Monday, July 30, 2018

Carlie Sexton's Rose of Sharon

A four-block pattern with a Caesar's Crown variation in the center.

Made by Mary Claypool Moore
Arizona project & the Quilt Index

Online Auction

All the examples in my files seem to come from this Carlie Sexton pattern.

Sexton ran a pattern business in the teens into the 1930s.
Here's her original vintage version.

It's #17.34 in my Encyclopedia of Applique

Here's one from Susan Price Miller's collection.
She's the expert on Carlie Sexton.
Read her AQSG paper here at the Quilt Index:

Blocks plus border

UPDATE: Jerrianne in Texas emailed a photo of a quilt the Lakeview Quilters are selling at their annual auction on August 20th. Jerrianne's sister bought the top at a guild auction in Corsicana, Texas a while ago and donated the top to the guild for last year's auction.

 The borders were a mess. They guess the maker tried to design her own border but she couldn't get it to fit so she never sewed it on. Jerrianne worked on the border, moving pieces and making some new ones. Jean stitched the borders and Cindy Gravely did a fabulous job of quilting it.

"The edge of the background fabric has “Honor-Pure Finish” stamped in red. Via a web search, we found the fabric is J C Penney Co in 1925. Sold for 15¢ per yard."
And you can buy this recently restructured Rose of Sharon. The Lakeview Quilters auction is August 20, 2018. Check it out here:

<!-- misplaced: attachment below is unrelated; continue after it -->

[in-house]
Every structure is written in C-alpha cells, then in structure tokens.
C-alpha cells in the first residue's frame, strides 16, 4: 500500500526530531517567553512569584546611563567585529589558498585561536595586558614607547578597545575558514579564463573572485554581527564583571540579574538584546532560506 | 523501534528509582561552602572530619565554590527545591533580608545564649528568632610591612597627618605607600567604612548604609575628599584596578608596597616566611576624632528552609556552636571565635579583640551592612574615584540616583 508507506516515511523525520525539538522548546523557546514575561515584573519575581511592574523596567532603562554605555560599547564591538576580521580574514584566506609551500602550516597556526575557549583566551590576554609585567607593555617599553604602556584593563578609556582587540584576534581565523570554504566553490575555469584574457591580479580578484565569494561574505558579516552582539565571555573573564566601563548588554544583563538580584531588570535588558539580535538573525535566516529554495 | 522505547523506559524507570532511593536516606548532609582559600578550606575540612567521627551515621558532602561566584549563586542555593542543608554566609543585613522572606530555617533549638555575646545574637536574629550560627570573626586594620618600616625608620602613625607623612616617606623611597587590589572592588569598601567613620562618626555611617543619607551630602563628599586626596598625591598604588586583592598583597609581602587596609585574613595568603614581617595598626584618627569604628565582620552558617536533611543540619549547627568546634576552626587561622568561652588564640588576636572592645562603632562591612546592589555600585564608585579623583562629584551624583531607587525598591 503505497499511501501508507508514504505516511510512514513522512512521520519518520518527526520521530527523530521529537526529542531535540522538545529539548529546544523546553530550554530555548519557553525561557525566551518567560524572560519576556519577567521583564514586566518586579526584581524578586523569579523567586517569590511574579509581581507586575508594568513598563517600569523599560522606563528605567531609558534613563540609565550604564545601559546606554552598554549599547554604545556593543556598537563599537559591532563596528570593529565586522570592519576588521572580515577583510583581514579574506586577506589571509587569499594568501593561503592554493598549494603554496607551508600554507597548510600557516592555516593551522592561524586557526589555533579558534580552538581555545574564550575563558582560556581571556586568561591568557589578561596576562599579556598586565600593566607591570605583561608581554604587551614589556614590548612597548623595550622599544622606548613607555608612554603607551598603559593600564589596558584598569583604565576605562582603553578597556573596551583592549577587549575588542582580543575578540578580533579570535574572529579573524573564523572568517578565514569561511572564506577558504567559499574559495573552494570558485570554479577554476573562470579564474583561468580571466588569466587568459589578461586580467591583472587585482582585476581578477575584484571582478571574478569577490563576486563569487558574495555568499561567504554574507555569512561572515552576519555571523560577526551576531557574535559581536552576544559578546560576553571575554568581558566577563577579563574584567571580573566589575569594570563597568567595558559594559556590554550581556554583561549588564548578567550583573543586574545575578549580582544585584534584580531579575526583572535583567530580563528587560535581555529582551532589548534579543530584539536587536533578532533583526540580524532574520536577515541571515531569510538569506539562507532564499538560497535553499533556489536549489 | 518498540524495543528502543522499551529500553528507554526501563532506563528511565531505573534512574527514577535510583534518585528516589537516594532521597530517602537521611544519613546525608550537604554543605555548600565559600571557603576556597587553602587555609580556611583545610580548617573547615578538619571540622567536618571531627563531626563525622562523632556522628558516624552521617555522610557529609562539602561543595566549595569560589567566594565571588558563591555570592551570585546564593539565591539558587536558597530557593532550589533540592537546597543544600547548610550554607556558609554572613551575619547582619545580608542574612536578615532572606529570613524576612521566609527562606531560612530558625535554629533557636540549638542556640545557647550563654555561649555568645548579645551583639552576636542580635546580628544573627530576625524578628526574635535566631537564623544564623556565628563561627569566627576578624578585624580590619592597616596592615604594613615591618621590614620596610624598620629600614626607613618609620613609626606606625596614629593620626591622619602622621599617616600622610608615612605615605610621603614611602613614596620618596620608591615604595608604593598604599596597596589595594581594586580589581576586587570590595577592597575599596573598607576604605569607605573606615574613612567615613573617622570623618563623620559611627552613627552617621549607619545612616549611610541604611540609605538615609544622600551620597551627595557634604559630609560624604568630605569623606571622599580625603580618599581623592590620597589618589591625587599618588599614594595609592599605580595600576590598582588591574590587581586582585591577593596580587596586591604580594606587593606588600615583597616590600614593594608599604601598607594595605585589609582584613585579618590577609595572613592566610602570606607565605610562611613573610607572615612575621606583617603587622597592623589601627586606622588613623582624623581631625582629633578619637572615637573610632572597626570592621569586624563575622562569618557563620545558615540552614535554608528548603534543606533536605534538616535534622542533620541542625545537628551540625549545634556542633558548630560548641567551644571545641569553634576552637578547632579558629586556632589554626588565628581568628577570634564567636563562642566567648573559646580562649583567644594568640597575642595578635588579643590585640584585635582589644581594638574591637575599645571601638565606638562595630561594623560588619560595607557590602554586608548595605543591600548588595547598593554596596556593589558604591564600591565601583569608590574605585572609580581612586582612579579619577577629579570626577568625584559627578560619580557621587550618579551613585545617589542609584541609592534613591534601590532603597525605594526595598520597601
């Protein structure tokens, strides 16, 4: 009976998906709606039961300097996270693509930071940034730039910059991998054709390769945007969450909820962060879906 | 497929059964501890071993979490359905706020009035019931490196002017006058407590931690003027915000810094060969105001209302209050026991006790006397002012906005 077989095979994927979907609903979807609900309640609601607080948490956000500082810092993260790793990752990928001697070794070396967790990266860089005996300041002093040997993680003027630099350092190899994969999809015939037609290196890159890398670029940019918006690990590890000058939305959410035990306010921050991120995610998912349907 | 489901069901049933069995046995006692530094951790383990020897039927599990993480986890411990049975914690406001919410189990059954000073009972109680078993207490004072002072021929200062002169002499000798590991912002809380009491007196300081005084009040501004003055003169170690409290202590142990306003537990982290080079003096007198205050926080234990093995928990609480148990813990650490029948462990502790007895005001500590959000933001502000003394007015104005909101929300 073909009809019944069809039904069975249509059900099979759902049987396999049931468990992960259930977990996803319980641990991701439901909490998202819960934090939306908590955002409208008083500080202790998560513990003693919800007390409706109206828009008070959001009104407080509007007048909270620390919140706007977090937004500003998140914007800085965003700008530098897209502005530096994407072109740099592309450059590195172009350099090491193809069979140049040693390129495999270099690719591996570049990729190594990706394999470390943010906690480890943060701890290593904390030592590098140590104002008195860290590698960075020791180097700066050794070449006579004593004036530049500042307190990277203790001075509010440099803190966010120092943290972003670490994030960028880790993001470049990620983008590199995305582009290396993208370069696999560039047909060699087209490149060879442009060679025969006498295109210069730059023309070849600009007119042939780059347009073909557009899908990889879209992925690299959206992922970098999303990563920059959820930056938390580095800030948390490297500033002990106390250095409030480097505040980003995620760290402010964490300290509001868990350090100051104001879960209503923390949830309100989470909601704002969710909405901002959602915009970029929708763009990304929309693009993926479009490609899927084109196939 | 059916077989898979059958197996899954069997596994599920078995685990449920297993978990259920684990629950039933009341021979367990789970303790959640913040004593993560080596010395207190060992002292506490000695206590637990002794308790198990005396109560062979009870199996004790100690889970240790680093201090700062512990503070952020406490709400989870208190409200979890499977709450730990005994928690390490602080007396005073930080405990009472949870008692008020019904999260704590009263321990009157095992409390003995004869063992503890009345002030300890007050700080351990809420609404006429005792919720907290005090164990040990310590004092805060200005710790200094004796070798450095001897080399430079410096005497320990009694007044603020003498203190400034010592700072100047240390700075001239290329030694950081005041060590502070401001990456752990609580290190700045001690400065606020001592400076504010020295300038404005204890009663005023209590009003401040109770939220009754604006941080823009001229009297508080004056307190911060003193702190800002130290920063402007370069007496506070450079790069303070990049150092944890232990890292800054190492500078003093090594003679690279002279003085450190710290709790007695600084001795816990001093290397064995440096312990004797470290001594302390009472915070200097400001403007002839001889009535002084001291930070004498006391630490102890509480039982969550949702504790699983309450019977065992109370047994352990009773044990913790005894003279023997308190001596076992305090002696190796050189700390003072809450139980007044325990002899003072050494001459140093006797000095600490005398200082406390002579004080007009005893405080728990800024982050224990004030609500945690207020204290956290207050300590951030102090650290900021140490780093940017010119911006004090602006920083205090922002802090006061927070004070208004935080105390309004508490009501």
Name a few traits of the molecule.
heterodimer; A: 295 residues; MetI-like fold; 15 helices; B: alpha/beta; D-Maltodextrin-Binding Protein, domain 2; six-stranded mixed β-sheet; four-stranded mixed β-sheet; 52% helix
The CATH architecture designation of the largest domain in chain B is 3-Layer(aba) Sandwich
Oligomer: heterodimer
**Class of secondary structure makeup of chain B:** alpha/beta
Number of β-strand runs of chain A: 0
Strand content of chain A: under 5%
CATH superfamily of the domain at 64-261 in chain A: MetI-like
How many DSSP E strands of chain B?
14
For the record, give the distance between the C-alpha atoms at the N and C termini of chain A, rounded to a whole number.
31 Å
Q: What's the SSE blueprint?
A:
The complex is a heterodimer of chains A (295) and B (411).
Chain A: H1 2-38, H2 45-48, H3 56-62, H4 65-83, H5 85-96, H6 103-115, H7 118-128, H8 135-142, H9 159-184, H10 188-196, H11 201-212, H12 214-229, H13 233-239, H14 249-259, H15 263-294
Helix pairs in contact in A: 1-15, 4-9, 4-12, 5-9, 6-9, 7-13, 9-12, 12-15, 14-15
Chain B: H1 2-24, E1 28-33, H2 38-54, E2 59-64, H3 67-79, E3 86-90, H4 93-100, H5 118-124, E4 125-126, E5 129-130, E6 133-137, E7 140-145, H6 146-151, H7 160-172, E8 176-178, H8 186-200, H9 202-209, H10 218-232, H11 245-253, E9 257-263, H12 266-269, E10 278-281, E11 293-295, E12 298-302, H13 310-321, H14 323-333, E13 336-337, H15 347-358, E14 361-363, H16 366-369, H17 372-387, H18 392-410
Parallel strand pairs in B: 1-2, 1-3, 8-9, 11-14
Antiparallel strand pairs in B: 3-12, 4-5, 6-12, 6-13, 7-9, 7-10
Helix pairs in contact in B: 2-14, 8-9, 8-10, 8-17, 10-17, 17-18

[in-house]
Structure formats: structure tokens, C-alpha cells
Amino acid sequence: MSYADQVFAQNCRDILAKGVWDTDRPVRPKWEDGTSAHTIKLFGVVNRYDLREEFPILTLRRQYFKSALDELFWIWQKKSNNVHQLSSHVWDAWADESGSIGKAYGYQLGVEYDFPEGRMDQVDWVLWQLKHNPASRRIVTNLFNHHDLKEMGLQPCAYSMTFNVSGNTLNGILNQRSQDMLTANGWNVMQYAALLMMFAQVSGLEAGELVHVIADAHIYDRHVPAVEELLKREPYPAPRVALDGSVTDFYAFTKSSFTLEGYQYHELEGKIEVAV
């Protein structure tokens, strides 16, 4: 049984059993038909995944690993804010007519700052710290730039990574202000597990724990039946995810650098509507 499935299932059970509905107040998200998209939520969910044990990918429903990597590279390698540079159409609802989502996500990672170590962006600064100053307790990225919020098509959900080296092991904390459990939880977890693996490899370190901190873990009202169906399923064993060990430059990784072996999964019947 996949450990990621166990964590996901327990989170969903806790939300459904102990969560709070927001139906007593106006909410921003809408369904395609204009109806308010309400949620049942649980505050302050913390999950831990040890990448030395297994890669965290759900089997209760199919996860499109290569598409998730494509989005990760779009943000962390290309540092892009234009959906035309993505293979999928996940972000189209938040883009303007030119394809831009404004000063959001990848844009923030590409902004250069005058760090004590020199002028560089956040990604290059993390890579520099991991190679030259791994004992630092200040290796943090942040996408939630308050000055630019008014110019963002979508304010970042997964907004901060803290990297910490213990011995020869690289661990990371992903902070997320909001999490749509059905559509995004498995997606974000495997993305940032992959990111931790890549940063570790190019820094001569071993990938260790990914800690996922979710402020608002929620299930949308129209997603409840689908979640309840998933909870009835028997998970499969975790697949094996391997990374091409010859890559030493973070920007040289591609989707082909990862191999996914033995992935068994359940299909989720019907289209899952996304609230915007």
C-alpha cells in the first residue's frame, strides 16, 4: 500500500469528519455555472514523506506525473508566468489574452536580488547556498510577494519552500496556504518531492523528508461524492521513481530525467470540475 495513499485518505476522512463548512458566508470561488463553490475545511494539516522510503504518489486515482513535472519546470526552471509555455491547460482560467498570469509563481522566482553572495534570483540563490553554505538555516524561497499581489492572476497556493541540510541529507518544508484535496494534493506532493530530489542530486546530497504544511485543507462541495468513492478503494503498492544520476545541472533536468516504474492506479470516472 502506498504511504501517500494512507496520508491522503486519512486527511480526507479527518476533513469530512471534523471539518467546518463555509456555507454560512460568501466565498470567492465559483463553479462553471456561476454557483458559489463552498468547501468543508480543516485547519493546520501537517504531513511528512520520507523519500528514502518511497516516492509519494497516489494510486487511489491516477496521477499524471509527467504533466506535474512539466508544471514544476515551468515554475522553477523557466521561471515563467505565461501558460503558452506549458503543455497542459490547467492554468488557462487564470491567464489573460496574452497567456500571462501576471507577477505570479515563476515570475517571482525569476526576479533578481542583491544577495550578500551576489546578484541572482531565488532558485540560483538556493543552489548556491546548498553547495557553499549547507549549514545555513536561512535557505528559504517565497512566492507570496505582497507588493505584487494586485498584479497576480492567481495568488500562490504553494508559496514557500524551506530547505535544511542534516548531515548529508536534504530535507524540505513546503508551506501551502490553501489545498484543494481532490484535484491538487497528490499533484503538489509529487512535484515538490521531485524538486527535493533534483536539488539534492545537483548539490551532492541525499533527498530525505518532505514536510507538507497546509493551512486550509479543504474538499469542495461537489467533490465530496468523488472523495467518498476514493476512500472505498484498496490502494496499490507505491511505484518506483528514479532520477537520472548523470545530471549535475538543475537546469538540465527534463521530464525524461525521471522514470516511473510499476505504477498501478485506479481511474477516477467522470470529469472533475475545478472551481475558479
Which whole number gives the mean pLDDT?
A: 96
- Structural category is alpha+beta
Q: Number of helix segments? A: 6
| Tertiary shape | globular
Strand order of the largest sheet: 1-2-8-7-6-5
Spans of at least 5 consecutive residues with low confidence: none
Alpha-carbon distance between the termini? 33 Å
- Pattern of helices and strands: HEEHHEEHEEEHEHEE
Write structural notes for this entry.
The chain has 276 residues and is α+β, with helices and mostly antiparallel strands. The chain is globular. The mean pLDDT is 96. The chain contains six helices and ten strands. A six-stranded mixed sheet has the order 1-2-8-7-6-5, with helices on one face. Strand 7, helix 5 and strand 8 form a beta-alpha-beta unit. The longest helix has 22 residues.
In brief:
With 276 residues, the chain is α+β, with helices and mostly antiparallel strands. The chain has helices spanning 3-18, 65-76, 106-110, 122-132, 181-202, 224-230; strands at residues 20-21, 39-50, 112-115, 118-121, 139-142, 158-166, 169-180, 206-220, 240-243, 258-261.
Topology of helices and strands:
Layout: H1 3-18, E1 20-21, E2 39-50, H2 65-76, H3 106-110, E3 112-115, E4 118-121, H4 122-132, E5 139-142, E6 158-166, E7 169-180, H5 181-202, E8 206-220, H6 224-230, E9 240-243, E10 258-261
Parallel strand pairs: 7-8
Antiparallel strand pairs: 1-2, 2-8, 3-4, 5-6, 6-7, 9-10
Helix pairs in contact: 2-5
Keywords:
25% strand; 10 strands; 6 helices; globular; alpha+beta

The block's got got everything.

Monday, July 23, 2018

Checkerboard Trees

Pictorial tree designs were popular after 1880 or so.
But the tree tops are usually pieced of triangles.

Checkerboard tree tops are a subcategory.

"Little Beach Tree" 
(I think she meant Beech tree)

The Ladies's Art Company first offered a pattern about 1890.

The Ladies's Art sold several interesting tree designs.

Ruby McKim drew a pattern for the Kansas City Star
in the late 1920s...

which may have been the inspiration for the sampler block
with name embroidered. It's constructed as a four patch.

A variation.

Carrie Hall's version from the Spencer Museum collection

More checkerboard trees from BlockBase

Dolores Hinson designed this one for her book Quilters Companion
and called it Tree of Temptation. The four patch squares are apples.

Different construction from Carrie Hall's book. She called it
Tree of Temptation---red squares are apples. See pattern below.

Hall left just a few quilts and one of them was inspired by a newspaper design to
celebrate the 200th anniversary of George Washington's birth.

1932, Lydia LeBaron Walker
This version is also an apple tree, the symbol of the truthful first President
who is supposed to have said "I cannot tell a lie."

Washington Bi-Centennial Quilt by Carrie Hall, 1932
Spencer Museum of Art.

 BlockBase measurements for a 16" block for Hall's Tree of Temptation.

Use green and white polka dots and you have Apple Blossoms

Monday, July 16, 2018

Pineapple with Dots

By Louiza Gibson Simmons from the files of the Birmingham Public Library 
& the Alabama Decorative Arts Survey.

Here's one of my favorite concepts. A pineapple appliqued of dots
(or maybe it's a pomegranate since pineapples don't have visible seeds).